Articles

Divorce Litigation – Going to Trial

By: Attorney Kristen J. Vidas

The overwhelming majority of divorce cases settle. Settlement is ultimately preferable in that it provides the litigant with a measure of control over the outcome of his or her divorce as well as a measure of finality.  Sometimes divorce cases settle quickly. Other times, they take a little longer to settle, especially in cases involving custody disputes or in cases where one or more parties is self-employed and has business interests that must be valued.

There are some cases, however, that simply cannot be settled and must be tried. But what does “going to trial” mean for the litigant?

First, trial requires preparation. By the time your case is tried, discovery –the process of exchanging information and expert reports – should be completed. At trial, your divorce attorney will present the relevant discovery to the court. With respect to documents, your attorney is typically asked to identify in advance or “pre-mark” any documents or “exhibits” he or she intends to rely upon at trial. Because there are rules in place as to how evidence must be presented to the court, your divorce attorney may have to make arrangements for witnesses to appear at trial to authenticate certain documents or to testify about the contents of those documents.

For example, expert reports, such as custody evaluations, real estate appraisals and business valuation reports, cannot be presented to the court without the expert’s live testimony unless the parties agree or “stipulate” otherwise. Therefore, absent such a stipulation, your attorney and perhaps you will need to meet with any expert witness in advance of trial to review his or her oral testimony.

Your divorce attorney will most likely be asked by the court to prepare and file pre-trial submissions, such as joint stipulations and a pre-trial memorandum. The purpose of these documents is to provide the court with a synopsis of the facts in your case, to alert the court to any resolved issues, and to detail your desired outcome with respect to any issues that remain in dispute. Since you are most familiar with the history of your marriage and the way in which you would like the issues in your case resolved, your attorney will most likely seek your input with respect to these pre-trial submissions.

Lastly, in terms of preparation, you will most likely need to make time in advance of trial to meet with your attorney and to prepare your testimony as well as to assist with the preparation of questions for your spouse and other fact witnesses.

This brings me to the second requirement of trial - a substantial time commitment. Depending on the number of disputed issues in your case and the number of witnesses to be called, your divorce trial can take as little as a day or two or as much as 10 days or more. Because the court controls its own calendar, neither you nor your divorce attorney have control as to whether those days are scheduled consecutively. The more days your trial requires, the less likely it is that you will be provided with consecutive court dates. Moreover, your case is usually not the only case before the court on any given day. Thus, your scheduled trial time may be interrupted by other matters. For these reasons, a 10 day trial can take a month to several months to complete.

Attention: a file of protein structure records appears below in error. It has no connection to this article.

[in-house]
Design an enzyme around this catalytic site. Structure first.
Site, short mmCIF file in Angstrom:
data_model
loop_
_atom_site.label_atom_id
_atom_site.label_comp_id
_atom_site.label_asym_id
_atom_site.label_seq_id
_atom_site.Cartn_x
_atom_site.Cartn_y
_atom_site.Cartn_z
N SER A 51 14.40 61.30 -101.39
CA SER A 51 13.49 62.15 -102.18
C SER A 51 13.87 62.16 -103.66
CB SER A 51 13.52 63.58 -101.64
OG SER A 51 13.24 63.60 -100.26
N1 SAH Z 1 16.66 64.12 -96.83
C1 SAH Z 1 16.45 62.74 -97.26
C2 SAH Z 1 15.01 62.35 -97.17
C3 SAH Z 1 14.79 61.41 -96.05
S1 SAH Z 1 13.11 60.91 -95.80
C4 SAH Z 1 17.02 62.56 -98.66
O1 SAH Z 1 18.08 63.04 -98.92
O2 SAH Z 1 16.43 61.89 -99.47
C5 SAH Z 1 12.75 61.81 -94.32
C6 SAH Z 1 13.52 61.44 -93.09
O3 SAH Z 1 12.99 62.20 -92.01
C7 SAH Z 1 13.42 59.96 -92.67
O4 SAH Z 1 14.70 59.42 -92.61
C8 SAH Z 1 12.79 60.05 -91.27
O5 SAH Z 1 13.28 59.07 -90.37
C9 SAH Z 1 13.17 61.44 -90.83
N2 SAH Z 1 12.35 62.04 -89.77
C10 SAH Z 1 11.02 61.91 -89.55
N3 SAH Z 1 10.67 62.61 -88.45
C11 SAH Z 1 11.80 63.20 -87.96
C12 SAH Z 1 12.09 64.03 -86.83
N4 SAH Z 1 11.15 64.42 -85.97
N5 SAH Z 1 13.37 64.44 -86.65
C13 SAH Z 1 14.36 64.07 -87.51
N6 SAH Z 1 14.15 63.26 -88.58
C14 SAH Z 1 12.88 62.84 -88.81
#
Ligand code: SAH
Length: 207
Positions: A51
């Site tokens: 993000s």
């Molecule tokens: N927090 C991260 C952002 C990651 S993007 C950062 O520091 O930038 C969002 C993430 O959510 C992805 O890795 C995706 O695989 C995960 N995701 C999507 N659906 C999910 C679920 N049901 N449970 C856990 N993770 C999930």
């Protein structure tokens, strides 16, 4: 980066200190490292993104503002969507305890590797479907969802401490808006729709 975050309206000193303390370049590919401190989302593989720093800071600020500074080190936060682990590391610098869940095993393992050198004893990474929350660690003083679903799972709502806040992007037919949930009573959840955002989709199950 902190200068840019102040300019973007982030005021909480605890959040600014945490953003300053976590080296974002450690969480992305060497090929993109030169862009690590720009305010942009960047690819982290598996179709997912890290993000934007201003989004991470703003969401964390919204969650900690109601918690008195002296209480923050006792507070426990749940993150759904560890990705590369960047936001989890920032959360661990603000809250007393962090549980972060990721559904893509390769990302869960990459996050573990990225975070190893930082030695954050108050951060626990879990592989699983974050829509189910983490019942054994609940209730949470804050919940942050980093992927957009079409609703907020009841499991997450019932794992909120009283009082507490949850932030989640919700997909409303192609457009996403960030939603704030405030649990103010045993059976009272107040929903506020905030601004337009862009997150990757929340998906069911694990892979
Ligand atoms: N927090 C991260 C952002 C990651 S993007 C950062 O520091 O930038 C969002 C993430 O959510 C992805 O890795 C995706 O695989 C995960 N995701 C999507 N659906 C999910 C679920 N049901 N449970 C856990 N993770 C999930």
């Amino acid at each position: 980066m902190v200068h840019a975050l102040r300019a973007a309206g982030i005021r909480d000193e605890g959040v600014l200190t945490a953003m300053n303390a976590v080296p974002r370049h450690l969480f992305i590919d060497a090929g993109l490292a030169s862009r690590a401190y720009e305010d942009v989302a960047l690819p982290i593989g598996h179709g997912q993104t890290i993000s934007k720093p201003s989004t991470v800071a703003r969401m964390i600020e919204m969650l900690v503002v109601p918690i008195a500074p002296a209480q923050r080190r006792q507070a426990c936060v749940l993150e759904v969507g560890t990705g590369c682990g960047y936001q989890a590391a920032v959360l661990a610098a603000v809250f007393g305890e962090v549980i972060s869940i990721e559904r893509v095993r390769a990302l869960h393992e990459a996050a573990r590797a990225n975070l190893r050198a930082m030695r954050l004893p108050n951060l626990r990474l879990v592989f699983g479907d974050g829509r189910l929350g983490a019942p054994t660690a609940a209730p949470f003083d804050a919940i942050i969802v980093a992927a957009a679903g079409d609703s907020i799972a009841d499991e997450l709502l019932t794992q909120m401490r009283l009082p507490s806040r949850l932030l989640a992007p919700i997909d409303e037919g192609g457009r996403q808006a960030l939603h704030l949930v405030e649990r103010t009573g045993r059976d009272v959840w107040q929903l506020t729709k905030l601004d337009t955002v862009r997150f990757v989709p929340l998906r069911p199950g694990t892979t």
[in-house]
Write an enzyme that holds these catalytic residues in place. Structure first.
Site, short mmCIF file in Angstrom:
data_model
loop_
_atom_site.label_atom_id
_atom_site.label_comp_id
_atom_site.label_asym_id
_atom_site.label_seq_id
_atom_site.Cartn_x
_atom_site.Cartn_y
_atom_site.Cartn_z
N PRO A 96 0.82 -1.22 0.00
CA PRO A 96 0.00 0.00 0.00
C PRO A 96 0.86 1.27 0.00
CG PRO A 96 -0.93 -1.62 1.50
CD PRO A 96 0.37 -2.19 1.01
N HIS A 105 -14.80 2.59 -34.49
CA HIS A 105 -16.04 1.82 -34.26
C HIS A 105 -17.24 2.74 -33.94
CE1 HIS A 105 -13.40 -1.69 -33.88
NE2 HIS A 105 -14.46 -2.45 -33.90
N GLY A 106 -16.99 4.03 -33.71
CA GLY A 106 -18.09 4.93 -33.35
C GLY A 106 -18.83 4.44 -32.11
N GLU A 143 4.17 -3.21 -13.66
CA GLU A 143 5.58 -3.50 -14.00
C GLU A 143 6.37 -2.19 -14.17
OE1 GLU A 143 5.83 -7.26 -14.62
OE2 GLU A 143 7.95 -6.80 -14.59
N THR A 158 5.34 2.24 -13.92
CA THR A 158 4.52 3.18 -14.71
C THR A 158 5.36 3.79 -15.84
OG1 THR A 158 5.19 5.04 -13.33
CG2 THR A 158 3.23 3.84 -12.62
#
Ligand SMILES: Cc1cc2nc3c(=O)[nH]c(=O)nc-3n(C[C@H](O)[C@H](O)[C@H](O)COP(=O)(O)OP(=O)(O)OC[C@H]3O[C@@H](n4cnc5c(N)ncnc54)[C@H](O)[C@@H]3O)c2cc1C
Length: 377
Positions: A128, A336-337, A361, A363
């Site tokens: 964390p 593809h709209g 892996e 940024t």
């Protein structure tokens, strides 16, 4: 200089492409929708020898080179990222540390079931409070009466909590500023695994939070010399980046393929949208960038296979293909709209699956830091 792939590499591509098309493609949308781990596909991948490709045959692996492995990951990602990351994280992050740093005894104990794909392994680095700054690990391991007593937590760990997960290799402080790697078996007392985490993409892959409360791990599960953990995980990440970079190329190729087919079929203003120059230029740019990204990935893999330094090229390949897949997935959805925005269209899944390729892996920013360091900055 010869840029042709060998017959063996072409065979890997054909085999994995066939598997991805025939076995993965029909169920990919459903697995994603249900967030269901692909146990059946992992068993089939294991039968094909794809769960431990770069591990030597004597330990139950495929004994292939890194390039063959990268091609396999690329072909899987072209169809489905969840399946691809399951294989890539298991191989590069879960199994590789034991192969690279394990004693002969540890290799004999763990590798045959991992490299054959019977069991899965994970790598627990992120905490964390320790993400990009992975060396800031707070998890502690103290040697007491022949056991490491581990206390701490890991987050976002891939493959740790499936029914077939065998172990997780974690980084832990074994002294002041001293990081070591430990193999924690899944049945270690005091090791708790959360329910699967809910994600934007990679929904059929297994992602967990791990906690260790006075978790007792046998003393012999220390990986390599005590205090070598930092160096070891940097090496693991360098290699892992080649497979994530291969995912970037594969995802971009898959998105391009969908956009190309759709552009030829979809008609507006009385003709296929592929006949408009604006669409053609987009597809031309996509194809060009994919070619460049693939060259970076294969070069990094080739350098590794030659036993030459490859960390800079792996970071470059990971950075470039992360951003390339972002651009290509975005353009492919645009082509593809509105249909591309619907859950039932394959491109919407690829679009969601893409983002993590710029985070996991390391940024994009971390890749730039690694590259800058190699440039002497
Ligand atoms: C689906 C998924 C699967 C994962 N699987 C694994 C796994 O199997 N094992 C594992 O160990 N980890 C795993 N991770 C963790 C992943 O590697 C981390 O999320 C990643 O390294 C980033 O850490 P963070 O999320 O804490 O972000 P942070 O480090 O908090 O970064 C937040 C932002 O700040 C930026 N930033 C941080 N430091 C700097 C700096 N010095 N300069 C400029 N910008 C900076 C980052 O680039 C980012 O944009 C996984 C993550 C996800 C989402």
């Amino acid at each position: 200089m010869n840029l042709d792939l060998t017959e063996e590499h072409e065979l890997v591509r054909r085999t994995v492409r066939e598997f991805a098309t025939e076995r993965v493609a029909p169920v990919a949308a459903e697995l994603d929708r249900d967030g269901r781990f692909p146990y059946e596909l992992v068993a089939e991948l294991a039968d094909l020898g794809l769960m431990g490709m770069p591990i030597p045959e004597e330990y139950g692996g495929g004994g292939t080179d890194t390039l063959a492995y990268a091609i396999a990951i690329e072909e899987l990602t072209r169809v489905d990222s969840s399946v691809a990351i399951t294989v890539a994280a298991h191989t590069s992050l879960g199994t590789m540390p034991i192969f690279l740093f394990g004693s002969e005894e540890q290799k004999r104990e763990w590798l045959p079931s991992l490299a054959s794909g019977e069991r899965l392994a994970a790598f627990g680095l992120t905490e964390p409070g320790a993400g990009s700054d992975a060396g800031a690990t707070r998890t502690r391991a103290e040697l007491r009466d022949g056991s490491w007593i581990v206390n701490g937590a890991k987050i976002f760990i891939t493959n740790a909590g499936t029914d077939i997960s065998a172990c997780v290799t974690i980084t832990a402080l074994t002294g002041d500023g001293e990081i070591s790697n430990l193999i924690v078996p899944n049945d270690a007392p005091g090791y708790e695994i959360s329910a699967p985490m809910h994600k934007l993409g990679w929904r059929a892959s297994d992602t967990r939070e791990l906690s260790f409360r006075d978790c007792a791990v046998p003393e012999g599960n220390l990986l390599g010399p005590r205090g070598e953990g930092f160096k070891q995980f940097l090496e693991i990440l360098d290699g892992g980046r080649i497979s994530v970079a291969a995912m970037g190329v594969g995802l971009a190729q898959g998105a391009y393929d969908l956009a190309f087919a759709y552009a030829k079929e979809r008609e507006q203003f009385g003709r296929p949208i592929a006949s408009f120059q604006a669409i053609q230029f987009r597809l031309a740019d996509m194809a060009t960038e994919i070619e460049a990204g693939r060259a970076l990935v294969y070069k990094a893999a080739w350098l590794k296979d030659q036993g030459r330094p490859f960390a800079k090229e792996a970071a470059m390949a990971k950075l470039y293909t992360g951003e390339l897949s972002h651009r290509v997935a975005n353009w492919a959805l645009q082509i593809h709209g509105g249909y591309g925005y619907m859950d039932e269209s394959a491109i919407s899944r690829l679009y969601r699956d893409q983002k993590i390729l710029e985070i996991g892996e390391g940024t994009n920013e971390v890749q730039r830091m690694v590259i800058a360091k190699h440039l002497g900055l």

As the litigant, absent a compelling reason, you are generally expected to appear at trial every day as scheduled by the court. In addition to trial appearances, you will need to make time to meet with your attorney outside of court. Trial is a fluid process; new issues arise constantly. As such, you and your attorney will need to continually prepare throughout the course of trial. Thus, the time you and your attorney must devote to trial is significant.

The last requirement of trial is patience. As stated above, it can take weeks to months for your trial to conclude. Once trial concludes, the court will review the evidence and testimony presented at trial by both sides and will issue either a written or verbal opinion relative to its determination of the disputed facts and legal issues in your case. As with the court’s calendar, your attorney has no control over the length of time it takes the court to issue its opinion – it can take weeks or months or even a year or more before the court issues its opinion.

Generally, the Court issues a Final Judgment of Divorce simultaneous with its opinion, at which time you are legally divorced from your spouse.

The entry of a Final Judgment of Divorce does not always signal the end of litigation. If either party is unhappy with the trial court’s decision and feels that the trial court missed key facts and/or misapplied the law, that party has the option of either returning to the trial court for reconsideration or seeking an appeal of the trial court’s decision at the appellate court level. These and other forms of “post-judgment” litigation will be discussed in a future article.

In sum, trial is a lengthy and complicated process that requires ongoing preparation, a substantial time commitment and patience from you and your attorney. For these reasons, it is imperative that you choose an experienced divorce attorney who is familiar with the court system and is equipped with the necessary skills to try your matter to conclusion in the event it cannot settle.

About the Author

Kristen Vidas is a partner specializing in divorce litigation with the New Jersey law firm of Pellettieri, Rabstein & Altman.

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